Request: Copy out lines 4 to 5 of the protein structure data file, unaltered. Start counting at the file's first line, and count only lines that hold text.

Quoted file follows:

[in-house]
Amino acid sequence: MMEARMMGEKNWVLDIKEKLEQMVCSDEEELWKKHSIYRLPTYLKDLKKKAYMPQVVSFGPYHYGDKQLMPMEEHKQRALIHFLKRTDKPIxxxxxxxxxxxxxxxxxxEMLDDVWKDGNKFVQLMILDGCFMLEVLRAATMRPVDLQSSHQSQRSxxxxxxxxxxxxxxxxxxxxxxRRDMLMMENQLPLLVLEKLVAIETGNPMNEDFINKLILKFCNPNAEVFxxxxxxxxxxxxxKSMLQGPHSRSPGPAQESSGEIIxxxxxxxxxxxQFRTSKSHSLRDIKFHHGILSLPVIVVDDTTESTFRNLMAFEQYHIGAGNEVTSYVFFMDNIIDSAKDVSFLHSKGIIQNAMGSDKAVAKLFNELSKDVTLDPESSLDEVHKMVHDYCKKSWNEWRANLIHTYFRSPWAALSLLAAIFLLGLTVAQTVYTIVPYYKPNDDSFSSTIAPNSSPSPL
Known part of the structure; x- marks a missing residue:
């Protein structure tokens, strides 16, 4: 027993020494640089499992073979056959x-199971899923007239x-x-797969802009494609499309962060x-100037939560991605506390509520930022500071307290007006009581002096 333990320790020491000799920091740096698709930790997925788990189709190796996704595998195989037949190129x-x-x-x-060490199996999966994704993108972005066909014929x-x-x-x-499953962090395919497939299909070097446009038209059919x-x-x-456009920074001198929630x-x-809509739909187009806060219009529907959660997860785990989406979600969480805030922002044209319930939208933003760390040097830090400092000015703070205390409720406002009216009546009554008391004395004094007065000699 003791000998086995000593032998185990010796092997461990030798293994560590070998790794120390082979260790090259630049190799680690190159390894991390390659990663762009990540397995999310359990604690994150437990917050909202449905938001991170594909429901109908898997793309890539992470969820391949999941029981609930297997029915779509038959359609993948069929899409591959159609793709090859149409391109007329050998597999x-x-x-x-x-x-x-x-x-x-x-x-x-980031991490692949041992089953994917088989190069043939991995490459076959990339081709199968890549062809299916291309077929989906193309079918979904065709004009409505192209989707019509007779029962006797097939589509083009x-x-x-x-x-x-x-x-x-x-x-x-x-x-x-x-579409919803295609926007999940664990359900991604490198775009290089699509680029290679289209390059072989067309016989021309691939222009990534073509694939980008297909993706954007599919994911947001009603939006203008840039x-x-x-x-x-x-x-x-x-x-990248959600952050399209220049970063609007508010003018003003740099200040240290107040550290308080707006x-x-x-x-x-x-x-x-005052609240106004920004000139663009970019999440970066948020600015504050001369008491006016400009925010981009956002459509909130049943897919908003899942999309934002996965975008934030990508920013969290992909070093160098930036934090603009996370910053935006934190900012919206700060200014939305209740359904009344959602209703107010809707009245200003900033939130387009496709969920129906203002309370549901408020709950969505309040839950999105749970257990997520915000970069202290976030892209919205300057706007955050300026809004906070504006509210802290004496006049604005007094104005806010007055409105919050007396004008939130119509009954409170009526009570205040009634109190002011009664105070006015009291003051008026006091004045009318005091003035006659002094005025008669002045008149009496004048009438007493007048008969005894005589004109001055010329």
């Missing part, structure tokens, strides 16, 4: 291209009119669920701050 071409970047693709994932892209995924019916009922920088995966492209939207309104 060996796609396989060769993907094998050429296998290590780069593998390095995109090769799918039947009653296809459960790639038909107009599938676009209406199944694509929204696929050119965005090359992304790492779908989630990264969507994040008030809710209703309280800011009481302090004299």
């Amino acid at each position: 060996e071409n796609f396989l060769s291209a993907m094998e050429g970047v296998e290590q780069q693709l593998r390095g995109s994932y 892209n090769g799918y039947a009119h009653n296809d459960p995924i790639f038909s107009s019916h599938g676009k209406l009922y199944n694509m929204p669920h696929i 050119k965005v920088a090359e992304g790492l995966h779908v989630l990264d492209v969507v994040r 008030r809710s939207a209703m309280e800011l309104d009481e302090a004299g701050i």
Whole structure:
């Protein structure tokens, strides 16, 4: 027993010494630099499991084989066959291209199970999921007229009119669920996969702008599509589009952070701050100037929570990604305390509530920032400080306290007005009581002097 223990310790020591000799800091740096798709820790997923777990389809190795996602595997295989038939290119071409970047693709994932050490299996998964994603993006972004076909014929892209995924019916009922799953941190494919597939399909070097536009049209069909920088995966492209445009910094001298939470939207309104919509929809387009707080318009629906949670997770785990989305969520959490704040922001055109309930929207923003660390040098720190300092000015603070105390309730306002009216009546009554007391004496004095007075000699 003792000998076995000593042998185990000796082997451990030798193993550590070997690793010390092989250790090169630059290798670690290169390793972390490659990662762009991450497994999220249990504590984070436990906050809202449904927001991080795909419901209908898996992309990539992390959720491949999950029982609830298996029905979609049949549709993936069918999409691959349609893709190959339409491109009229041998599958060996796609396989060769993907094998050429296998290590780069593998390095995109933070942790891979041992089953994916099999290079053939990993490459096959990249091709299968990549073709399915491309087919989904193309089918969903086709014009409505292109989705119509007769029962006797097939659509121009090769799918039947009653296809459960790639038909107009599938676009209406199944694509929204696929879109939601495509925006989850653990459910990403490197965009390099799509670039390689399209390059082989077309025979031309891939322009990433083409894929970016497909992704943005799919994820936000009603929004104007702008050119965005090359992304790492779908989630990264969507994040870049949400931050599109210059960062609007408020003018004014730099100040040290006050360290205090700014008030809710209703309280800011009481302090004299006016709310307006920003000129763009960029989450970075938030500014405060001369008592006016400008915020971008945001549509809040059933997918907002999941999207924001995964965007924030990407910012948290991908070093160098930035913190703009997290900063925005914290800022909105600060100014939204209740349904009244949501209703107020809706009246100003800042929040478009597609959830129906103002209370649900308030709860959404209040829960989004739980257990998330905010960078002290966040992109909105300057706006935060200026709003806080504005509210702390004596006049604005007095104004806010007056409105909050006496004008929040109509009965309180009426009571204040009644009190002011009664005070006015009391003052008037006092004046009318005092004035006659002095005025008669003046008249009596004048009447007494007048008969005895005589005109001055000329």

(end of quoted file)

């Protein structure tokens, strides 16, 4: 027993020494640089499992073979056959x-199971899923007239x-x-797969802009494609499309962060x-100037939560991605506390509520930022500071307290007006009581002096 333990320790020491000799920091740096698709930790997925788990189709190796996704595998195989037949190129x-x-x-x-060490199996999966994704993108972005066909014929x-x-x-x-499953962090395919497939299909070097446009038209059919x-x-x-456009920074001198929630x-x-809509739909187009806060219009529907959660997860785990989406979600969480805030922002044209319930939208933003760390040097830090400092000015703070205390409720406002009216009546009554008391004395004094007065000699 003791000998086995000593032998185990010796092997461990030798293994560590070998790794120390082979260790090259630049190799680690190159390894991390390659990663762009990540397995999310359990604690994150437990917050909202449905938001991170594909429901109908898997793309890539992470969820391949999941029981609930297997029915779509038959359609993948069929899409591959159609793709090859149409391109007329050998597999x-x-x-x-x-x-x-x-x-x-x-x-x-980031991490692949041992089953994917088989190069043939991995490459076959990339081709199968890549062809299916291309077929989906193309079918979904065709004009409505192209989707019509007779029962006797097939589509083009x-x-x-x-x-x-x-x-x-x-x-x-x-x-x-x-579409919803295609926007999940664990359900991604490198775009290089699509680029290679289209390059072989067309016989021309691939222009990534073509694939980008297909993706954007599919994911947001009603939006203008840039x-x-x-x-x-x-x-x-x-x-990248959600952050399209220049970063609007508010003018003003740099200040240290107040550290308080707006x-x-x-x-x-x-x-x-005052609240106004920004000139663009970019999440970066948020600015504050001369008491006016400009925010981009956002459509909130049943897919908003899942999309934002996965975008934030990508920013969290992909070093160098930036934090603009996370910053935006934190900012919206700060200014939305209740359904009344959602209703107010809707009245200003900033939130387009496709969920129906203002309370549901408020709950969505309040839950999105749970257990997520915000970069202290976030892209919205300057706007955050300026809004906070504006509210802290004496006049604005007094104005806010007055409105919050007396004008939130119509009954409170009526009570205040009634109190002011009664105070006015009291003051008026006091004045009318005091003035006659002094005025008669002045008149009496004048009438007493007048008969005894005589004109001055010329």
């Missing part, structure tokens, strides 16, 4: 291209009119669920701050 071409970047693709994932892209995924019916009922920088995966492209939207309104 060996796609396989060769993907094998050429296998290590780069593998390095995109090769799918039947009653296809459960790639038909107009599938676009209406199944694509929204696929050119965005090359992304790492779908989630990264969507994040008030809710209703309280800011009481302090004299």